Meditation, with its power to relax the soul and relive stress, has become a much more popular notion in recent decades.
There was Martin Scorsese’s movie Kundun, telling the story of the Dalai Lama’s flight from Tibet. Movie star Richard Gere became a Buddhist and is seen photographed with the Dalai Lama and supporting the Free Tibet campaign. Comedian Billy Connolly learned to meditate way back in the ‘80s to help him break an alcohol addiction. Even Geri Halliwell of the Spice Girls got passionately into yoga.
In the mainstream commercial world since the ‘90s, ‘things spiritual’ have gained a fashionable image. Department store windows are decorated with all kinds of shiny multi-coloured Buddhas. We see ads in our cities on billboards and buses of fashion models sitting cross legged with blissed-out expressions advertising deodorants.
So really, what is this meditation thing about?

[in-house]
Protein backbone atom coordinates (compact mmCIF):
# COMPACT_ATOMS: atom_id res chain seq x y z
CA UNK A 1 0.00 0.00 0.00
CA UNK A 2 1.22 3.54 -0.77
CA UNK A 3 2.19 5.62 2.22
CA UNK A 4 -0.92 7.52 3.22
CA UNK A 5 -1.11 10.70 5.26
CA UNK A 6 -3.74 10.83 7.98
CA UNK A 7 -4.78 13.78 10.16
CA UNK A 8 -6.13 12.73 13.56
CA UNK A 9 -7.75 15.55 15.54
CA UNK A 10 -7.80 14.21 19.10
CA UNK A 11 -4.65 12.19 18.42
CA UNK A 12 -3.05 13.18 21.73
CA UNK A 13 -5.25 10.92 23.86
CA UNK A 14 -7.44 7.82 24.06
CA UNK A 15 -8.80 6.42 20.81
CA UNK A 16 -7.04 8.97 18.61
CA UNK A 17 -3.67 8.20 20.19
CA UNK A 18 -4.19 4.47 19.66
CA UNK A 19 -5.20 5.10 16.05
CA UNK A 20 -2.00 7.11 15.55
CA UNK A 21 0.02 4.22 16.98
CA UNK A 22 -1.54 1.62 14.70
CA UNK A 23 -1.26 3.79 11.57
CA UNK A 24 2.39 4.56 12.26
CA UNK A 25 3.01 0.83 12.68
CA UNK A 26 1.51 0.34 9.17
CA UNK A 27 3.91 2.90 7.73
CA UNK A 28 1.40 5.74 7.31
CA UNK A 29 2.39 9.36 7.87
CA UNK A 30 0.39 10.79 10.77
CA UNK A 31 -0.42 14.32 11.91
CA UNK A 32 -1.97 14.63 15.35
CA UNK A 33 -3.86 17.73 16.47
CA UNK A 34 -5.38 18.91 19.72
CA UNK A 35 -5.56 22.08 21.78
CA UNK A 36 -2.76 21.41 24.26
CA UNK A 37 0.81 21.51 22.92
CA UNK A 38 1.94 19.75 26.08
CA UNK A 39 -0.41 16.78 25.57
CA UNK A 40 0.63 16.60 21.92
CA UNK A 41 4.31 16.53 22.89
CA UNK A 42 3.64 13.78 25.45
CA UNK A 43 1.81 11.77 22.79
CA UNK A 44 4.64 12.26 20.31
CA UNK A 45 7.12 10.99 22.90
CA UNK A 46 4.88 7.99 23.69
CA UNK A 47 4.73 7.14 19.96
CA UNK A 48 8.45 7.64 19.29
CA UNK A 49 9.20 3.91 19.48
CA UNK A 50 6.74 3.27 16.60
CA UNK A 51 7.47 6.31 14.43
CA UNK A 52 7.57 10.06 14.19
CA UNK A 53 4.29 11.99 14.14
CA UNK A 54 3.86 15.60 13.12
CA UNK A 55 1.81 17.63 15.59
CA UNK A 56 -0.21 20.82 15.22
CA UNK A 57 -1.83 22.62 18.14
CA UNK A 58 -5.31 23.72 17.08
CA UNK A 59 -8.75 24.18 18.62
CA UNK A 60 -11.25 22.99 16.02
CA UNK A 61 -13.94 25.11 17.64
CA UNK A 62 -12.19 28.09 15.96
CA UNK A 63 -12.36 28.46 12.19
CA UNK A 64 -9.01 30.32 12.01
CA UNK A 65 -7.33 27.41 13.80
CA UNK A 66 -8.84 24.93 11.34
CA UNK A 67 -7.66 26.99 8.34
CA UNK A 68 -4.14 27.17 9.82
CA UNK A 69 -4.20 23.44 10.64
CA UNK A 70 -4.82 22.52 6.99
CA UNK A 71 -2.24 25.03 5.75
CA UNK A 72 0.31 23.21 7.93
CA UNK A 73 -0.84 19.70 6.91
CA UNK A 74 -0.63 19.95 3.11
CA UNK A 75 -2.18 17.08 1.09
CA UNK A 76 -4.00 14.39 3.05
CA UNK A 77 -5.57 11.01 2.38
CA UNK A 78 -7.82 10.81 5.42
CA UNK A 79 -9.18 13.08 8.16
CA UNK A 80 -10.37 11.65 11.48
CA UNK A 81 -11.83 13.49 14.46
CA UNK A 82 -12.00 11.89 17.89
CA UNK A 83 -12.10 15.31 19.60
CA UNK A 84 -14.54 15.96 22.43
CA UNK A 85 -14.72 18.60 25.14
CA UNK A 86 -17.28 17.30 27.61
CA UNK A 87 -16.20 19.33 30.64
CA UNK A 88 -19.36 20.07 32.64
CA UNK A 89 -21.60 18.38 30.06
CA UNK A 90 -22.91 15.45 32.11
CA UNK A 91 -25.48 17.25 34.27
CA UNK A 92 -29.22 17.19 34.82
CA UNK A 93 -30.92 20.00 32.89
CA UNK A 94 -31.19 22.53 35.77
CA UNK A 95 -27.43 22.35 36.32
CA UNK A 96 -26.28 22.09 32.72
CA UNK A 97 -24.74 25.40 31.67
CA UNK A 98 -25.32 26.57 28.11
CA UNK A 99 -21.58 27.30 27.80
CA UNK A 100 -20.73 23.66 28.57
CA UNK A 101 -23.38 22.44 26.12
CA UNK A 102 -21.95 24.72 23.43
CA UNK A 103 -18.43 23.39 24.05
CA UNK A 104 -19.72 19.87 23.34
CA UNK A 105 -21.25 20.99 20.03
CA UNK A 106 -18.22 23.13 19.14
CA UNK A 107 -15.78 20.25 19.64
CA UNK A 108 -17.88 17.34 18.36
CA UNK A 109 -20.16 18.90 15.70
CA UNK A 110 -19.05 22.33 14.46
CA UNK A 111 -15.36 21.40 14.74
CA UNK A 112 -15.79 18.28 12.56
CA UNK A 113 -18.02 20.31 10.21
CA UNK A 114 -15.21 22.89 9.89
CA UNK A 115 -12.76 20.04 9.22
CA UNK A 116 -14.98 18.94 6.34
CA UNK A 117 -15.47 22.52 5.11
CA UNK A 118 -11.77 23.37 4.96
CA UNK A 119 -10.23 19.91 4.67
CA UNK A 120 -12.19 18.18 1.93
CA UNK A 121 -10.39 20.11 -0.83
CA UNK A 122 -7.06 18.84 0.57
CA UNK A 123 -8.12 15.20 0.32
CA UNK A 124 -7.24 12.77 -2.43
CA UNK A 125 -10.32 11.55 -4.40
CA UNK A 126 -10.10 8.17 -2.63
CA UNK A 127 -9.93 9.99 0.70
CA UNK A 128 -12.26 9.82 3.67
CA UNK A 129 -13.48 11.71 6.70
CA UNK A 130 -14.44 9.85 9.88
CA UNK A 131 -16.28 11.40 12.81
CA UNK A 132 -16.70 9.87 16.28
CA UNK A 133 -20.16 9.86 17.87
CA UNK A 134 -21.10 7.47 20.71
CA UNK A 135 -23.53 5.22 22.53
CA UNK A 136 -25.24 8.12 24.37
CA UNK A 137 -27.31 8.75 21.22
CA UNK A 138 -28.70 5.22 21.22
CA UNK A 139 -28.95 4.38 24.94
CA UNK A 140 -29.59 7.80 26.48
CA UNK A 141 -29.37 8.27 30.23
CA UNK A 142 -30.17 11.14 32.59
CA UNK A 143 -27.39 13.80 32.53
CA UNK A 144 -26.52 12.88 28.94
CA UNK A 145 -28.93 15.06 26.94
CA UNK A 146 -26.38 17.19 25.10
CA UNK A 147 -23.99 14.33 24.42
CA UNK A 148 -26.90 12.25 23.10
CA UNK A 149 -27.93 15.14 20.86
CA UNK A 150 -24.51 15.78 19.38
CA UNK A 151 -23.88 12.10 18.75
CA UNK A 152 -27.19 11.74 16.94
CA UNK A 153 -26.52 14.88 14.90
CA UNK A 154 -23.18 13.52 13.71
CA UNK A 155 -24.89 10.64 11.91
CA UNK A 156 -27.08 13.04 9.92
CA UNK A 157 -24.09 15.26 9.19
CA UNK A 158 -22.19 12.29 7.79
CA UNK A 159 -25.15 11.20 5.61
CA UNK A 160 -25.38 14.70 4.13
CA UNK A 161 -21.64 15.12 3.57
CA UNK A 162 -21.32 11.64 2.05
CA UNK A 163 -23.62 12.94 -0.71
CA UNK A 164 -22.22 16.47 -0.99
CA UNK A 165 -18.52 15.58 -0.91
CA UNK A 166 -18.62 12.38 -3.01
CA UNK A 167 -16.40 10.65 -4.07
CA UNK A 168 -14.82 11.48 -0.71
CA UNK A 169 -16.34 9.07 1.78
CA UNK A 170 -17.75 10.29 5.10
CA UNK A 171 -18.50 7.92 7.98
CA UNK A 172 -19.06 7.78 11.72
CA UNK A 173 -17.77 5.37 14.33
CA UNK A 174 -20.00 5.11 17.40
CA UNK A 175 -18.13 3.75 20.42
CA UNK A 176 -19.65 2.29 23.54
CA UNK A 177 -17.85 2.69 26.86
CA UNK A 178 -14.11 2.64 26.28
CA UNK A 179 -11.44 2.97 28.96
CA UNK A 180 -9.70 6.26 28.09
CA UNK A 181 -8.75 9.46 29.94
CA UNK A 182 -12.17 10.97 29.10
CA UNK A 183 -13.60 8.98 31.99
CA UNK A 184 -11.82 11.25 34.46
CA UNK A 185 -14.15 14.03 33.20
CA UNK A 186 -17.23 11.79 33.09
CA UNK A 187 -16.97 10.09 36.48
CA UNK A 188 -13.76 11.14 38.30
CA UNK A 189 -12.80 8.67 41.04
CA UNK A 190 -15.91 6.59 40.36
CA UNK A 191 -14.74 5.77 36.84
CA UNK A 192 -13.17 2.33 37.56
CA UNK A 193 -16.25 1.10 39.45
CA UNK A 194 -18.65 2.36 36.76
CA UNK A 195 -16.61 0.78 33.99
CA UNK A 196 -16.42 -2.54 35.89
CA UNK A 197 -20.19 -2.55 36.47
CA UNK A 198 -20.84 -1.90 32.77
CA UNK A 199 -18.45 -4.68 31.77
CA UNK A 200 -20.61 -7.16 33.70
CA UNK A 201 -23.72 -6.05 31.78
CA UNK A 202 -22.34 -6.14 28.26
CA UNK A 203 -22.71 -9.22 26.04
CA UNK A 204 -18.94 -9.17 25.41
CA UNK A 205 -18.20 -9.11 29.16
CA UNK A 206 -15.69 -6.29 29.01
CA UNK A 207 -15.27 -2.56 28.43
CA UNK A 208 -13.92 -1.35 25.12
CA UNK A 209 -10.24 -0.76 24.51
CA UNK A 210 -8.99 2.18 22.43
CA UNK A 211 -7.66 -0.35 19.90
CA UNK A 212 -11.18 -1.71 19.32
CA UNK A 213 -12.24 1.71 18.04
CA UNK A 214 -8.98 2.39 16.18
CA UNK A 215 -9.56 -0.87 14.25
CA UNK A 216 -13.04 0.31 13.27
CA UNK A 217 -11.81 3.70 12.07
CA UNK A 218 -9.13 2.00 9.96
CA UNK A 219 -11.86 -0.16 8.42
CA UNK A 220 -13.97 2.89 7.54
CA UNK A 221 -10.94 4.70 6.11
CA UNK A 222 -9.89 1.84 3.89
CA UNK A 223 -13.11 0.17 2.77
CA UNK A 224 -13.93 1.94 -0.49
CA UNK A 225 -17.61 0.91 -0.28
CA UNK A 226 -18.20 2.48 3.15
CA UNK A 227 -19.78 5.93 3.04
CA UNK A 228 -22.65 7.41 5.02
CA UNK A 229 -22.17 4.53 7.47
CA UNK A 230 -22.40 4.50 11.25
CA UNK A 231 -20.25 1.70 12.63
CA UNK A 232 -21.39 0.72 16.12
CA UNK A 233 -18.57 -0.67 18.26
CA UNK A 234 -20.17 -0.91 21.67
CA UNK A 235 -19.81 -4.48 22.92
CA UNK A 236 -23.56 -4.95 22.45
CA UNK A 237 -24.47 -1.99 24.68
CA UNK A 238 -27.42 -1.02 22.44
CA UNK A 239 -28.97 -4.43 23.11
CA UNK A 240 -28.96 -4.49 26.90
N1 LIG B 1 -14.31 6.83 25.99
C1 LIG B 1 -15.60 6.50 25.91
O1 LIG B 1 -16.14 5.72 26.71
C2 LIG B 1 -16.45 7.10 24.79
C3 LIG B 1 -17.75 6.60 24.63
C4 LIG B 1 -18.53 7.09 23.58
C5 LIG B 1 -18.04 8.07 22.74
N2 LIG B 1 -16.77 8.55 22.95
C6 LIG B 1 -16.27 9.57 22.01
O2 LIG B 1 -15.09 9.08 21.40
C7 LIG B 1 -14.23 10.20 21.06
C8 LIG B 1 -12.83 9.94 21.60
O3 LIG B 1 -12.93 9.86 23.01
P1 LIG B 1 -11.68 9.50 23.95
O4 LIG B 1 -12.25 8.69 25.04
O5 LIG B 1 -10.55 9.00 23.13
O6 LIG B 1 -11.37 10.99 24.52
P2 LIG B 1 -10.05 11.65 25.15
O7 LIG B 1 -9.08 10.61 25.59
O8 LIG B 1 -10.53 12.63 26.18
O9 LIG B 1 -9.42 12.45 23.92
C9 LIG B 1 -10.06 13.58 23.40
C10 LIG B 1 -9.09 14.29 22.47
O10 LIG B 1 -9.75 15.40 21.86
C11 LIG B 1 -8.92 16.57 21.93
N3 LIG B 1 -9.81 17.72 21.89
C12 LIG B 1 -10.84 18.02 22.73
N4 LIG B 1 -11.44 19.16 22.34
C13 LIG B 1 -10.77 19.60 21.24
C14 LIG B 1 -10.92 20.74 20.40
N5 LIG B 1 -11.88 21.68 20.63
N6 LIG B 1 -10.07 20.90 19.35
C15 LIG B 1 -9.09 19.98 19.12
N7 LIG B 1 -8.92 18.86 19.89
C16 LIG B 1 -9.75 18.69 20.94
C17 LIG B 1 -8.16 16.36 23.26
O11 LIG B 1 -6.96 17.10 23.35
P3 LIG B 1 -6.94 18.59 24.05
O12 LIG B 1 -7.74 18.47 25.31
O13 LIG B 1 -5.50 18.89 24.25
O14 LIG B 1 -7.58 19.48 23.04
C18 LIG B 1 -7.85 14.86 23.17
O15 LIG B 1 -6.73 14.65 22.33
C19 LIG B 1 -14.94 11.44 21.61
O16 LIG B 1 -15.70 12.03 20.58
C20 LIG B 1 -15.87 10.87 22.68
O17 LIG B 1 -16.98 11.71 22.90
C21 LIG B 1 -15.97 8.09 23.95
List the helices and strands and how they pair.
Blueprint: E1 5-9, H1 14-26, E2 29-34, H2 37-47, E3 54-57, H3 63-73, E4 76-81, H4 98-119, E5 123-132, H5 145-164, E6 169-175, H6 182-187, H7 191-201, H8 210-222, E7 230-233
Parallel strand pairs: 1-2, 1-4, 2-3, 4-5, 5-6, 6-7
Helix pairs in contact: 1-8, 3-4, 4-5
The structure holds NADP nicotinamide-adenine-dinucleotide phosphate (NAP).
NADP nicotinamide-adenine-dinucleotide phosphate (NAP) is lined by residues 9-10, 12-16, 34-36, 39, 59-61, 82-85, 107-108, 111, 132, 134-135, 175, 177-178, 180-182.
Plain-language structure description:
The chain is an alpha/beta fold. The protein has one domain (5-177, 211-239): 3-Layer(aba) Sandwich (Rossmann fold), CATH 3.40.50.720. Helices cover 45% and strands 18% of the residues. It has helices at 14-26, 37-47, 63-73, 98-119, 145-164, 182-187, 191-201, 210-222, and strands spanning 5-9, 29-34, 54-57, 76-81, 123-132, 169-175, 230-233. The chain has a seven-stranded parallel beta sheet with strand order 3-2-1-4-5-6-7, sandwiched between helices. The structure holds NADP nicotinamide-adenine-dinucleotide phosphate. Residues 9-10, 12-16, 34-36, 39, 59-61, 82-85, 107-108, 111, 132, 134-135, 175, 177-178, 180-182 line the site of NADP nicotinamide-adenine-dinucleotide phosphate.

“Put simply,” writes meditation teacher Paramananda, “the art of meditation is the art of being with yourself.” Meditation is an invitation to take time out from our busy lives and “get real” with ourselves on a deeper level, to find out what’s really going on in us.
In the western world, meditation is gaining popularity in current times, as it offers an antidote to the incredible amount of stimulation and speeding activity of modern life which can cause us to suffer stress, anxiety, and a sense of losing touch with what we really value in our lives. Looking beyond our particular contemporary needs for stress-busting, in the East, meditation has been a traditional spiritual practice for thousands of years, part of a tried and tested path to peace of mind.
(Article from www.realbuzz.com)